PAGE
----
Articles Tagged with Oppenheimer

Former Georgia Financial Advisor Allegedly Ran Ponzi Scheme Through Southport Capital 

On August 20, 2021, the Securities and Exchange Commission (SEC) filed an emergency action seeking to stop a $110 million Ponzi scheme allegedly operated by ex-Oppenheimer stockbroker, John Justin Woods.  

The fraud, involving Horizon Private Equity III, LLC was run through Woods’ registered investment advisor Livingston Group Asset Management Company, (doing business as Southport Capital). On August 24, 2021, the United States District Court for the Northern District of Georgia issued a temporary restraining order and asset freeze against Woods and Horizon.

FINRA Orders Oppenheimer To Pay $3.8M

Oppenheimer & Co. (OPY) must pay over $3.8M in restitution to customers who may have had to pay excess sales fees for the early rollovers of their United Investment Trusts (UITs). The order comes from the Financial Industry Regulatory Authority (FINRA) and includes an $800K fine for not reasonably supervising these early UIT rollovers. 

The self-regulatory organization (SRO) contends that from 1/2011 to 12/2015 of the $6.4B of United Investment Trust transactions that Oppenheimer executed, $753.9M of these were early rollovers. 

Recently, Oppenheimer was found liable for the conduct of one of its former brokers named Mark Hotton. Hotton joined Oppenheimer in November 2005, and proceeded to fleece a number of his clients, according to financial regulators. FINRA, the Financial Industry Regulatory Authority, has filed a disciplinary action against Hotton which is still pending.

According to the complaint, Hotton outright stole almost $6 million from his brokerage customers, and directed another $2.5 million to outside businesses that Hotton was affiliated with in some way. These numbers don’t even include the millions of dollars that FINRA believes that Hotton caused by excessively trading, or churning, customer accounts to generate commissions for himself.

The level of fraud that Hotton was engaging in should be shocking if it wasn’t becoming increasingly commonplace. In 2006, a customer filed a lawsuit against Hutton after it was convinced by Hotton to invest $4 million in real estate transactions. The customer claimed that Hotton simply stole the entire investment, which was accomplished by forging contracts, forging mortgages, forging account statements, and directing the investment being made into a shell corporation that he had created with a similar name to the company that was supposed to be invested in. Ultimately, that lawsuit was settled for millions of dollars which Hotton was individually liable for. Yet this lawsuit, its allegations, and its results were never disclosed to other customers as regulations require, permitting Hotton to continue to seek new customers to bilk.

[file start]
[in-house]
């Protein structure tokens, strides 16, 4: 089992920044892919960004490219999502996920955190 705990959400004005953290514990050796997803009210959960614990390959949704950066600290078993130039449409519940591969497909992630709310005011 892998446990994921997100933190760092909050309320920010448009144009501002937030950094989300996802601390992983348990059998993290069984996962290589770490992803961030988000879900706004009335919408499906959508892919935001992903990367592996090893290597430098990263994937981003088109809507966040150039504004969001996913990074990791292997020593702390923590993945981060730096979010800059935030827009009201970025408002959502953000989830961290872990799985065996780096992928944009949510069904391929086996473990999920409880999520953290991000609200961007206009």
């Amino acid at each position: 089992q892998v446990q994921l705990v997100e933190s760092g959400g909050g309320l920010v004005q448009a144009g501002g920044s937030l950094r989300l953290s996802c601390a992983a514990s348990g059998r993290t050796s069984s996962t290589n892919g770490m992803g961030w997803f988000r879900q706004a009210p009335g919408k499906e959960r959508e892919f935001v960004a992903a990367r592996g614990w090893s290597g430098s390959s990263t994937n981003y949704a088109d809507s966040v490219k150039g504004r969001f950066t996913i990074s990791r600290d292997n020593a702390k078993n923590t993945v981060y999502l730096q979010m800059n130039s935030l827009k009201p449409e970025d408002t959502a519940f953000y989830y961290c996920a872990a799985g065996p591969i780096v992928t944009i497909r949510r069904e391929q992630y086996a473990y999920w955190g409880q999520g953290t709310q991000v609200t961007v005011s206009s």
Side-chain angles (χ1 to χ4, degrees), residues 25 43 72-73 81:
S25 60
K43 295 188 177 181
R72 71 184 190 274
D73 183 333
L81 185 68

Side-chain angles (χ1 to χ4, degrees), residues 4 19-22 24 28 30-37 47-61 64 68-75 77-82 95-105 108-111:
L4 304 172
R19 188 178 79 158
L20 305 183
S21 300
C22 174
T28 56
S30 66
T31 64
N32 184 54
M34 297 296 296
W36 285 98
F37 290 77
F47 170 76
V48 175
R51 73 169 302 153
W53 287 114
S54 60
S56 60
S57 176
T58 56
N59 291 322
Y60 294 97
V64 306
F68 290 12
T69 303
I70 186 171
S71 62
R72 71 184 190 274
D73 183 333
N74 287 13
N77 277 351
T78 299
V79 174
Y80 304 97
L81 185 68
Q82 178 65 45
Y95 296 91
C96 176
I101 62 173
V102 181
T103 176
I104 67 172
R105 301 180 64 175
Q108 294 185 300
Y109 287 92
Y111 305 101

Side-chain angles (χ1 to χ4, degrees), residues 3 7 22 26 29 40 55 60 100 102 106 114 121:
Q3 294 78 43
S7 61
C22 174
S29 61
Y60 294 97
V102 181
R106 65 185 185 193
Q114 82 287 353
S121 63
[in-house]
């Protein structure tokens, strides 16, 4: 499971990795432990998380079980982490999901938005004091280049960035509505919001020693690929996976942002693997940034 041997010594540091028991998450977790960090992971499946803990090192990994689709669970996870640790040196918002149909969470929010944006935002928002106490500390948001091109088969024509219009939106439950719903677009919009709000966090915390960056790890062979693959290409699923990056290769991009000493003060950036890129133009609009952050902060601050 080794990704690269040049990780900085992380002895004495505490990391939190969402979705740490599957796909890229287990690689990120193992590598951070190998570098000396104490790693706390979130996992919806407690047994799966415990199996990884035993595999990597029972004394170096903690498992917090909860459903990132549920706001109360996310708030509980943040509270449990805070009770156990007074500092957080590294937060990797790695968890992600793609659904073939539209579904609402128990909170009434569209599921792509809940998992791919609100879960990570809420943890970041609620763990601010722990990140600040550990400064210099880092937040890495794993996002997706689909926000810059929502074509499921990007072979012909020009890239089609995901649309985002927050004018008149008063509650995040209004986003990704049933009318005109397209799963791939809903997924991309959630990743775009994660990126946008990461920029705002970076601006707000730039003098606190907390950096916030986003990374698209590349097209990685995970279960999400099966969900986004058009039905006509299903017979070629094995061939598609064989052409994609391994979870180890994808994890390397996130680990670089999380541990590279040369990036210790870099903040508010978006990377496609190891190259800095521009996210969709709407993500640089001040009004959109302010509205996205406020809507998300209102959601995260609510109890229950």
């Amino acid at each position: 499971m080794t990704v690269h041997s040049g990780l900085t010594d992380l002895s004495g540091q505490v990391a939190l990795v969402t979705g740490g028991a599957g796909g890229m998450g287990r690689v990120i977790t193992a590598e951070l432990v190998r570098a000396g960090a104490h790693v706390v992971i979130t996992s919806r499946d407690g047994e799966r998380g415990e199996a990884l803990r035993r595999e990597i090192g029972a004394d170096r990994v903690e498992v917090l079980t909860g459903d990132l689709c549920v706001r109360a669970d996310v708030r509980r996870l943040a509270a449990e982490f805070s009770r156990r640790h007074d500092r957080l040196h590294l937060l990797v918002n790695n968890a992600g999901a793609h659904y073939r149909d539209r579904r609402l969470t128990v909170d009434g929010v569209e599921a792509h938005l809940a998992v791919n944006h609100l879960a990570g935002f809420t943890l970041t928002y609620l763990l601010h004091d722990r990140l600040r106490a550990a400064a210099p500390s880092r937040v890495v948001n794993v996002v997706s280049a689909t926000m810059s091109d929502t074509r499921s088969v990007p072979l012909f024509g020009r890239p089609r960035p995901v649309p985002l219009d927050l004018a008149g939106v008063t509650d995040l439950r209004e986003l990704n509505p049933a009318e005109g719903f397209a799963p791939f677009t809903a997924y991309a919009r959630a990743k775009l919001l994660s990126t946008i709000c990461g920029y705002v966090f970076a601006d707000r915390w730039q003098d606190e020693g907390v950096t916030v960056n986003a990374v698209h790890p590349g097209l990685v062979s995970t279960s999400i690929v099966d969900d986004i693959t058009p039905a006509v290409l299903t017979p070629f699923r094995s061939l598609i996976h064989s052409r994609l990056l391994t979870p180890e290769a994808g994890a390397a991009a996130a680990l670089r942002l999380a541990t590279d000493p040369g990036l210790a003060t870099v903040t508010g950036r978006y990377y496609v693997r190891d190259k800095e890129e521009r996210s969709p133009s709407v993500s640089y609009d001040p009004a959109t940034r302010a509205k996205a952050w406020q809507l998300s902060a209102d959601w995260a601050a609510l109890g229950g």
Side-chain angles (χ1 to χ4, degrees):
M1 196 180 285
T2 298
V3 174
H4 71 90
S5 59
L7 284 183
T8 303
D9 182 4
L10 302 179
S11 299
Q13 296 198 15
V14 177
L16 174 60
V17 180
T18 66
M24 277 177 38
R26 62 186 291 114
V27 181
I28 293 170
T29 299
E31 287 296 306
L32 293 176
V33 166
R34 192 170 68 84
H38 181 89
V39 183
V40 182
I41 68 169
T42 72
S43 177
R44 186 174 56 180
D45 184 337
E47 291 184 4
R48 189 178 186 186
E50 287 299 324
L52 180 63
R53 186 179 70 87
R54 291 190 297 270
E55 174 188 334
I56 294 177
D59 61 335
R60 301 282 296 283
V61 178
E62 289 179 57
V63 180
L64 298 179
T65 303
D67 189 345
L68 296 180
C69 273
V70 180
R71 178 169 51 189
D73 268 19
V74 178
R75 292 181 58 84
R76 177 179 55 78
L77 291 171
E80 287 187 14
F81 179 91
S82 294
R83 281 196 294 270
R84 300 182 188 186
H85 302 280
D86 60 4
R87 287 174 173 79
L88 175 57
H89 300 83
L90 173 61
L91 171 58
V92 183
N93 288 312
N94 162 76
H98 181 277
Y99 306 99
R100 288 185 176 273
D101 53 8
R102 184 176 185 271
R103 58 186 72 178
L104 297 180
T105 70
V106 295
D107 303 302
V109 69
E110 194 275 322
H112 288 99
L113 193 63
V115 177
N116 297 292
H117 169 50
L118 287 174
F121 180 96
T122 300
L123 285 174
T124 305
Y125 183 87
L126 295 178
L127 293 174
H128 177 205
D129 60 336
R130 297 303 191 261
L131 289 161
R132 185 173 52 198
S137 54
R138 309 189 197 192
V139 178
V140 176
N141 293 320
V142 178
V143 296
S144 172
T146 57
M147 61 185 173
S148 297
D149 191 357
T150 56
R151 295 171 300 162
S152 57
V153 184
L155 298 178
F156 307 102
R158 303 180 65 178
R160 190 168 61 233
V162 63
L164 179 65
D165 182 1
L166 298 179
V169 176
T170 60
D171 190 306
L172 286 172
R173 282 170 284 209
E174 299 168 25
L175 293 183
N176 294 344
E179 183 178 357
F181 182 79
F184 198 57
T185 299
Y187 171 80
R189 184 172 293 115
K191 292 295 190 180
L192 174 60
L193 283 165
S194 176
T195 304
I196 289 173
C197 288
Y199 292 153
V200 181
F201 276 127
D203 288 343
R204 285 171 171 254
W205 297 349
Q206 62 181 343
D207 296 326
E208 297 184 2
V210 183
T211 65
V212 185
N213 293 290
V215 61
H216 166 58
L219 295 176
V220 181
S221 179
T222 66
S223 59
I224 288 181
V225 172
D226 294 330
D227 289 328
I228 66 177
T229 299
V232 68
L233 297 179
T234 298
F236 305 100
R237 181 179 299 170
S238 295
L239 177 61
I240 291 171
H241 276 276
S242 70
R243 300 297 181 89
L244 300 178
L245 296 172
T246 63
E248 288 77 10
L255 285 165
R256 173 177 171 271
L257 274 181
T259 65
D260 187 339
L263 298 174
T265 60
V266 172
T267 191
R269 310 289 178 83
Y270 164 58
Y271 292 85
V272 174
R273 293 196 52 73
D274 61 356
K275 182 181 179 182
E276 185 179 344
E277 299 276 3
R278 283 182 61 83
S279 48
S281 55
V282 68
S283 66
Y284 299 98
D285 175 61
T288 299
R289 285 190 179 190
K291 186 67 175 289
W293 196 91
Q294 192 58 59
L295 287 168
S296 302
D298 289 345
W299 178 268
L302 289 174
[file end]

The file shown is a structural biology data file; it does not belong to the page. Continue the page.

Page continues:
Date: August 7, 2013

The attorneys at Shepherd, Smith, Edwards & Kantas LLP are investigating claims by investors with Oppenheimer & Co.  Although the firm’s investigations are usually target more specifically at particular conduct of a firm or broker, Oppenheimer & Co.’s supervisory system has been found so woefully inadequate by numerous regulators and arbitration Panels over the last several years that almost any trading strategy permitted in Oppenheimer customer accounts becomes suspect.

For example, in 2008 the Massachusetts Securities Division filed suit against Oppenheimer for its sales of Auction Rate Securities (ARSs).  Specifically, the regulator alleged that Oppenheimer marketed ARSs as safe alternatives to money markets and certificate of deposits (CDs).  In actuality, ARSs are complex debt securities that can suffer complete failures and ultimately leave the investor holdings a completely illiquid asset with no way to get their money back out.  The regulator further claimed that Oppenheimer was aware of many disruptions and failures that occurred in the ARS market in 2007, but blithely ignored these warnings.  Oppenheimer did not investigate the potential ramifications for the ARS securities that had been, and were currently being, sold to their clients.  Oppenheimer did not warn its clients of these warning signs.

SEC Investigating Ex-Oppenheimer Executive for Securities Law Violations

According to, Robert Okin, Oppenheimer & Co.’s (OPY) former retail brokerage head, is under investigation by the Securities and Exchange Commission. In October, the agency’s enforcement division notified Okin that, based on a preliminary determination, it intended to file charges against him for securities law violations, including failure to supervise.

Okin is no longer with Oppenheimer. He resigned earlier this month to pursue “other interests.” Okin denies violating the Securities Exchange Act.

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